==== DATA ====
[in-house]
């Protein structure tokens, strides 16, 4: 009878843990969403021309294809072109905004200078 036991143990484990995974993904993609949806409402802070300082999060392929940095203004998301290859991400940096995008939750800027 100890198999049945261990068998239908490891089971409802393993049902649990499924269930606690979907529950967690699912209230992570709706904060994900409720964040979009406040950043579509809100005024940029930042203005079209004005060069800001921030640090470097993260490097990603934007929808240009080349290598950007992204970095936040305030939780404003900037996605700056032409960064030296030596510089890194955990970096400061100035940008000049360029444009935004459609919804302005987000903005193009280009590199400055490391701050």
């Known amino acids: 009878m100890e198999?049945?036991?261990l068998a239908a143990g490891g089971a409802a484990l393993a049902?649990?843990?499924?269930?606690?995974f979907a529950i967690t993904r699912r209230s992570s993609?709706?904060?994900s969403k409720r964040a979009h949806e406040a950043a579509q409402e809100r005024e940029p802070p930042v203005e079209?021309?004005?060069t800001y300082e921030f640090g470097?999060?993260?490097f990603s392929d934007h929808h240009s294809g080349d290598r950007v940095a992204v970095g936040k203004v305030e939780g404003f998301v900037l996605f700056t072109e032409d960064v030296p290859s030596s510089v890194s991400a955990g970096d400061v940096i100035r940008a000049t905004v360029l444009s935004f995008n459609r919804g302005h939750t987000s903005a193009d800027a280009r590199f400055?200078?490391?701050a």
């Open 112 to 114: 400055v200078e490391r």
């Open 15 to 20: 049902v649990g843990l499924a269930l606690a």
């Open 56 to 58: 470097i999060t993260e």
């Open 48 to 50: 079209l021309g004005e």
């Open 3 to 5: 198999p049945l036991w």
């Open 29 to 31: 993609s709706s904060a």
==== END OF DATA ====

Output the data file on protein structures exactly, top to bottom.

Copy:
[in-house]
């Protein structure tokens, strides 16, 4: 009878843990969403021309294809072109905004200078 036991143990484990995974993904993609949806409402802070300082999060392929940095203004998301290859991400940096995008939750800027 100890198999049945261990068998239908490891089971409802393993049902649990499924269930606690979907529950967690699912209230992570709706904060994900409720964040979009406040950043579509809100005024940029930042203005079209004005060069800001921030640090470097993260490097990603934007929808240009080349290598950007992204970095936040305030939780404003900037996605700056032409960064030296030596510089890194955990970096400061100035940008000049360029444009935004459609919804302005987000903005193009280009590199400055490391701050």
């Known amino acids: 009878m100890e198999?049945?036991?261990l068998a239908a143990g490891g089971a409802a484990l393993a049902?649990?843990?499924?269930?606690?995974f979907a529950i967690t993904r699912r209230s992570s993609?709706?904060?994900s969403k409720r964040a979009h949806e406040a950043a579509q409402e809100r005024e940029p802070p930042v203005e079209?021309?004005?060069t800001y300082e921030f640090g470097?999060?993260?490097f990603s392929d934007h929808h240009s294809g080349d290598r950007v940095a992204v970095g936040k203004v305030e939780g404003f998301v900037l996605f700056t072109e032409d960064v030296p290859s030596s510089v890194s991400a955990g970096d400061v940096i100035r940008a000049t905004v360029l444009s935004f995008n459609r919804g302005h939750t987000s903005a193009d800027a280009r590199f400055?200078?490391?701050a």
């Open 112 to 114: 400055v200078e490391r």
């Open 15 to 20: 049902v649990g843990l499924a269930l606690a």
């Open 56 to 58: 470097i999060t993260e």
């Open 48 to 50: 079209l021309g004005e």
């Open 3 to 5: 198999p049945l036991w």
């Open 29 to 31: 993609s709706s904060a």